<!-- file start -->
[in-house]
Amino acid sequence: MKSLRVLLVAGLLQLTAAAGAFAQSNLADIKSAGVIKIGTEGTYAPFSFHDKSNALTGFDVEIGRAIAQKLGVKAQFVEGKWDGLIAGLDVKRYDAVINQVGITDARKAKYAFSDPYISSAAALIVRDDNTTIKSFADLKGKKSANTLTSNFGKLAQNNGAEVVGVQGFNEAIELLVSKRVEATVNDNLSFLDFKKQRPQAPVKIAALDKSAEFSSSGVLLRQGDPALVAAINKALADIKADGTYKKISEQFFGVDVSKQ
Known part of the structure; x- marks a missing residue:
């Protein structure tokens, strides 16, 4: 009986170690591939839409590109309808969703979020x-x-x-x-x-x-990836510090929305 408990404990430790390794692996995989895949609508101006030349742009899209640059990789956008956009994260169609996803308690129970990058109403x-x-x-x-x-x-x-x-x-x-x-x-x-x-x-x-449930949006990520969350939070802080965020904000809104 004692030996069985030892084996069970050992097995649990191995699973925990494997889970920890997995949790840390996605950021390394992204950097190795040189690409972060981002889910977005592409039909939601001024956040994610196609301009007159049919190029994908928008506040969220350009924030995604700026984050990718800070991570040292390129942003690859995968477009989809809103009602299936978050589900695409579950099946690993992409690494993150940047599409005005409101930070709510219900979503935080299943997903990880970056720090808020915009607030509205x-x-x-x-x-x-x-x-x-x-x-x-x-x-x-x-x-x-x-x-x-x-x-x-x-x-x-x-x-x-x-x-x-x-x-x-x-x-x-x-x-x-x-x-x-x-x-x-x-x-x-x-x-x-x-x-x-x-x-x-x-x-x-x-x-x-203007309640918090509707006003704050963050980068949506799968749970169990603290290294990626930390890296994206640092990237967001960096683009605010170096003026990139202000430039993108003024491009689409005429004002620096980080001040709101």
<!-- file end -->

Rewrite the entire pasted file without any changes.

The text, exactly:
[in-house]
Amino acid sequence: MKSLRVLLVAGLLQLTAAAGAFAQSNLADIKSAGVIKIGTEGTYAPFSFHDKSNALTGFDVEIGRAIAQKLGVKAQFVEGKWDGLIAGLDVKRYDAVINQVGITDARKAKYAFSDPYISSAAALIVRDDNTTIKSFADLKGKKSANTLTSNFGKLAQNNGAEVVGVQGFNEAIELLVSKRVEATVNDNLSFLDFKKQRPQAPVKIAALDKSAEFSSSGVLLRQGDPALVAAINKALADIKADGTYKKISEQFFGVDVSKQ
Known part of the structure; x- marks a missing residue:
């Protein structure tokens, strides 16, 4: 009986170690591939839409590109309808969703979020x-x-x-x-x-x-990836510090929305 408990404990430790390794692996995989895949609508101006030349742009899209640059990789956008956009994260169609996803308690129970990058109403x-x-x-x-x-x-x-x-x-x-x-x-x-x-x-x-449930949006990520969350939070802080965020904000809104 004692030996069985030892084996069970050992097995649990191995699973925990494997889970920890997995949790840390996605950021390394992204950097190795040189690409972060981002889910977005592409039909939601001024956040994610196609301009007159049919190029994908928008506040969220350009924030995604700026984050990718800070991570040292390129942003690859995968477009989809809103009602299936978050589900695409579950099946690993992409690494993150940047599409005005409101930070709510219900979503935080299943997903990880970056720090808020915009607030509205x-x-x-x-x-x-x-x-x-x-x-x-x-x-x-x-x-x-x-x-x-x-x-x-x-x-x-x-x-x-x-x-x-x-x-x-x-x-x-x-x-x-x-x-x-x-x-x-x-x-x-x-x-x-x-x-x-x-x-x-x-x-x-x-x-x-203007309640918090509707006003704050963050980068949506799968749970169990603290290294990626930390890296994206640092990237967001960096683009605010170096003026990139202000430039993108003024491009689409005429004002620096980080001040709101």